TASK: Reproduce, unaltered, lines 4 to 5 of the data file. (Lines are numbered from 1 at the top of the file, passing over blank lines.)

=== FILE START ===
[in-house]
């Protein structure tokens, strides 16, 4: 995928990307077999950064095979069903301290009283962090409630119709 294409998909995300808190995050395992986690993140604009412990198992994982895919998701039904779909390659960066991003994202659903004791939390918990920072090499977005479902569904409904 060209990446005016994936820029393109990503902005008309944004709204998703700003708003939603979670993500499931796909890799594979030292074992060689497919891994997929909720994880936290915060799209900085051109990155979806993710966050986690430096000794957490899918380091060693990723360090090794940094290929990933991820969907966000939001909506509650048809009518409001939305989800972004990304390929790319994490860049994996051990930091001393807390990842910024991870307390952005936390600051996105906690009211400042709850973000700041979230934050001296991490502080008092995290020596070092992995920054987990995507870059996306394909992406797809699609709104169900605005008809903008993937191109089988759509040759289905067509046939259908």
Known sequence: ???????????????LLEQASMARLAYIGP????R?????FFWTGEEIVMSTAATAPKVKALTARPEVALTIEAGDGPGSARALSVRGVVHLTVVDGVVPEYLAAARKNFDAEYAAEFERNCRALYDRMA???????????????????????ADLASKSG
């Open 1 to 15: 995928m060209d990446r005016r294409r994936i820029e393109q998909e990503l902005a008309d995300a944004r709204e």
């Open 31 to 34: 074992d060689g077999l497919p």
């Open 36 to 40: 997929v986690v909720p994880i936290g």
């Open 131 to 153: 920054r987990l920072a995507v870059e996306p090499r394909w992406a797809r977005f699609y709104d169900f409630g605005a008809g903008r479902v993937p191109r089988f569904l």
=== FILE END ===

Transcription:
């Open 1 to 15: 995928m060209d990446r005016r294409r994936i820029e393109q998909e990503l902005a008309d995300a944004r709204e």
């Open 31 to 34: 074992d060689g077999l497919p």